Readers? Thoughts on strip clubs and cheating? Is this really about the strip club? Am I wrong to say that she'd be more comfortable with the trip if he were better on a day-to-day basis? Discuss.
Q: Dear Meredith,
I'm writing to you and the LL readers about a bit of a different issue today: my parents' marriage. For some background, my parents have been married for more than 20 years and have my little sister, who's in her teens, and me (I'm in my 20s).
My parents have never had a particularly happy marriage due in large part to their different personalities and communication styles. My mom is Type A and has a "my way or the highway" approach to communication. My dad is much more laissez-faire but completely lacks the capacity to communicate. I do not think they love one another.
In the past, my parents would go through ups and downs but generally it was mostly peaceful in our house. Recently, however, my younger sister has experienced some serious psychological issues, and this has sent my parents over the edge. They can't have a conversation about my sister or her treatment (she's in therapy, meds, the whole nine yards) without it turning into a power struggle over who's at fault for the recent situation. I no longer live at home but have been put in the position of playing the moderator between my parents because they can no longer communicate with each other.
The constant fighting is driving me crazy and I believe it gets in the way of what is most important: my sister's health. I'm fairly certain that my mom at least wants to get a divorce but doesn't want to rock the boat until my sister is better. Counseling is also not an option -- my dad doesn't believe in the "mental health system" and getting my sister into treatment was hard enough.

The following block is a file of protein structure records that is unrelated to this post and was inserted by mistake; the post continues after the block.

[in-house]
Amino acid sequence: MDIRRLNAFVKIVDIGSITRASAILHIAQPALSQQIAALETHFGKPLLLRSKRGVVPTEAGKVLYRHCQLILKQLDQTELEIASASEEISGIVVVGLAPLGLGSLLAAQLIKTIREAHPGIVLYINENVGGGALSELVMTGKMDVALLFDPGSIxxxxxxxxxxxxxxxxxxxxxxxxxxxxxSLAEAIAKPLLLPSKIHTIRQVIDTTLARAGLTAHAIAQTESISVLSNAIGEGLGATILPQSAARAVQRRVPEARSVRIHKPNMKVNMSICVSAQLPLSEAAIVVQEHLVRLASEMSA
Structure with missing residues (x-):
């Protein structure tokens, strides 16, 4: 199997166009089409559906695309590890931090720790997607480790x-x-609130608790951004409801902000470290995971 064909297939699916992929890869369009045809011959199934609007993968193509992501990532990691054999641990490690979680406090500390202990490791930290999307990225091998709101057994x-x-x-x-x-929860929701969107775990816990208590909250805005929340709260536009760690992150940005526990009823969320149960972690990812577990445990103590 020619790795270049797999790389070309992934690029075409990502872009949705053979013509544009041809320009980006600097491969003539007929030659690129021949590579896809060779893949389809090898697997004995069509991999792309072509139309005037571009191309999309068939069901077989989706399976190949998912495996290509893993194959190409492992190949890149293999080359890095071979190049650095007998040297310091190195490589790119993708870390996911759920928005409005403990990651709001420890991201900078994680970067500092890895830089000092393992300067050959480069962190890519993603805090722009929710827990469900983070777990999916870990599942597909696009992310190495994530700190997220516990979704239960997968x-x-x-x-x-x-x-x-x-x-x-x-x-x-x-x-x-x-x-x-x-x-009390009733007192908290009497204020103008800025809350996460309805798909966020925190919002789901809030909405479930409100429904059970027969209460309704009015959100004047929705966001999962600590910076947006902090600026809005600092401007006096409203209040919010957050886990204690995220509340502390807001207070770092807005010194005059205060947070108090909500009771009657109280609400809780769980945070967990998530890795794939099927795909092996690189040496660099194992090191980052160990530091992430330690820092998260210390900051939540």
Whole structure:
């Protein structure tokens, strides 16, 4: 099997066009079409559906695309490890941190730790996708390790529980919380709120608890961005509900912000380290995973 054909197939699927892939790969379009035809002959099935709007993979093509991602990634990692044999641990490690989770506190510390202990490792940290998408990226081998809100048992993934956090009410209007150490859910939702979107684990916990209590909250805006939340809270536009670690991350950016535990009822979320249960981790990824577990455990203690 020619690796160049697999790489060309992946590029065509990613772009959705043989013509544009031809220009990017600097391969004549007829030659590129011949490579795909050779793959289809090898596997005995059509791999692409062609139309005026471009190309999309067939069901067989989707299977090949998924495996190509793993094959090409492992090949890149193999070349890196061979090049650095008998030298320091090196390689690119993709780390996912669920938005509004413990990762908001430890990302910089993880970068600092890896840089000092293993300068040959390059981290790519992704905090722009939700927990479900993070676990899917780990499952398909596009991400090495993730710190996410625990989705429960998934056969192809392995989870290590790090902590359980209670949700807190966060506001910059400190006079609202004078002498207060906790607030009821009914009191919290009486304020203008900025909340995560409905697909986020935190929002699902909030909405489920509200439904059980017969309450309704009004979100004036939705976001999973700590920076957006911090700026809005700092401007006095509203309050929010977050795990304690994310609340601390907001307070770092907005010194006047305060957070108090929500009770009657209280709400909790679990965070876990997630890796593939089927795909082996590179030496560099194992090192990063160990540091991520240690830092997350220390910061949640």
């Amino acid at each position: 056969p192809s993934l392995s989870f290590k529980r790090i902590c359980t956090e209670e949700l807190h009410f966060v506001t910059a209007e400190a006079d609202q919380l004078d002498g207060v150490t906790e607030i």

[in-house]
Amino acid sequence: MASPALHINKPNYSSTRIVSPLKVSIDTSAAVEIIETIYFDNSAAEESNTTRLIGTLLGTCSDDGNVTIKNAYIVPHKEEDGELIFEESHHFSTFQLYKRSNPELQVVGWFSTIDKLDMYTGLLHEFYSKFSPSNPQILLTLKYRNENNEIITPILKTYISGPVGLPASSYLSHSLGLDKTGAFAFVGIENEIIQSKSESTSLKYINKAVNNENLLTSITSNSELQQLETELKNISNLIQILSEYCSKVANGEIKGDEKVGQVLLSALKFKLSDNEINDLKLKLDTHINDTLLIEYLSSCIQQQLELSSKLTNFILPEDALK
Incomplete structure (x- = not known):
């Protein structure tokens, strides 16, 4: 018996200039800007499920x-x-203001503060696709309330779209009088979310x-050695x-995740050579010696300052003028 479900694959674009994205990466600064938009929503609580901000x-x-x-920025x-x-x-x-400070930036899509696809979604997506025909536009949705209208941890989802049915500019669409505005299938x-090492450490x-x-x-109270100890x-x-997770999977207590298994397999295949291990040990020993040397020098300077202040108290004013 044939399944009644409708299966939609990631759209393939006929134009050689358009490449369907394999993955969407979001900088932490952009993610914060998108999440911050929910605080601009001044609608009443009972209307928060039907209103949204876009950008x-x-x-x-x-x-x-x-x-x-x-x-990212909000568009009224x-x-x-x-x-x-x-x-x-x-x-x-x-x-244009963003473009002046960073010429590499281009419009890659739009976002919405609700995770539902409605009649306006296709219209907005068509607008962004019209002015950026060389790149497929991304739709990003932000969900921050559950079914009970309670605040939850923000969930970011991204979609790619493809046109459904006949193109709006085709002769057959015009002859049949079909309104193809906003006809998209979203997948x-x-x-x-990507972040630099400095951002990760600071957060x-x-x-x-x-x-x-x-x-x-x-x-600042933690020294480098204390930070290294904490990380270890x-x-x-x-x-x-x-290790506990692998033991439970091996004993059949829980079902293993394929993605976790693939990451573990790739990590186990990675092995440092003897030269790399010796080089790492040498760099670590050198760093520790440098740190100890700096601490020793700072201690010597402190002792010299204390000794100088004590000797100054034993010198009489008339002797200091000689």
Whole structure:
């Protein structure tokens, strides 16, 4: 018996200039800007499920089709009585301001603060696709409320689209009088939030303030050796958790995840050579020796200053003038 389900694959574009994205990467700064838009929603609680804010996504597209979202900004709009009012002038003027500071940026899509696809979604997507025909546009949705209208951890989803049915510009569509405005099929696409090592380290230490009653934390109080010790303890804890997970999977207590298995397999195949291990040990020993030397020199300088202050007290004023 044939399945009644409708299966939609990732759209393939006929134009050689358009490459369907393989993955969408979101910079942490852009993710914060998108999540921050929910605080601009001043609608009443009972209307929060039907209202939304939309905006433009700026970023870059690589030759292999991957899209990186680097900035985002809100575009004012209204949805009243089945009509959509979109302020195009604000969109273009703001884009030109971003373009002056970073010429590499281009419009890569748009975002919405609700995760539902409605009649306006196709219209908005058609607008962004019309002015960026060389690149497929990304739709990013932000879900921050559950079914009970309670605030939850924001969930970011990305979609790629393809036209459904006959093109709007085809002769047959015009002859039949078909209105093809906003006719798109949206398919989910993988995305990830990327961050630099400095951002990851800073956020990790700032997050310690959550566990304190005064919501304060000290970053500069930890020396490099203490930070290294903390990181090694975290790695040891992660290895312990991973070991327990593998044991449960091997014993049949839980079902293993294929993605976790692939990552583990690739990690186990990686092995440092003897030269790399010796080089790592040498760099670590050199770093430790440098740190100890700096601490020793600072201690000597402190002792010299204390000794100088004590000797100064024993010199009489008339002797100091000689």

I guess my question is this: How can I best mediate the situation so that my sister is the focus? I'm not looking to "fix" my parents' relationship; I'm only looking to help them tolerate each other until my sister is better and off to college. I have voiced my feelings/opinions to both parents numerous times without much success.
Any insight would be much appreciated.
– My Parents Need to Get Along, Boston
A: You're right, MPNTGA, this isn't a typical love letter. In fact, it barely fits under our LL umbrella. But I want to discuss it because for whatever reason, I'm getting a lot of letters from readers coping with other people's messy relationships. In your case, you're the kid so it's extra complicated.
My advice is to stop trying to mediate. You can't. All you can do is tell your parents how you feel in the moment. As in, "I understand that you're upset right now, but this arguing is making me anxious. Can we move on to the next topic of conversation?" Or, "Mom, I understand that you want me to call Dad on your behalf, but I'm not comfortable with that."
Spend your energy being there for your sister by making her laugh, visiting as much as you can, and helping her define what she sees happening in front of her. You can say, "Yes, they're fighting, but as we both know, this tension predates us. They just want you to feel better."
Of course, I'd love it if they went to therapy, separately and together. I'd love it if they found a support group for parents dealing with the same issues. But ... they're not going to, right? They're not asking you what they can do to get along and cope with this mess.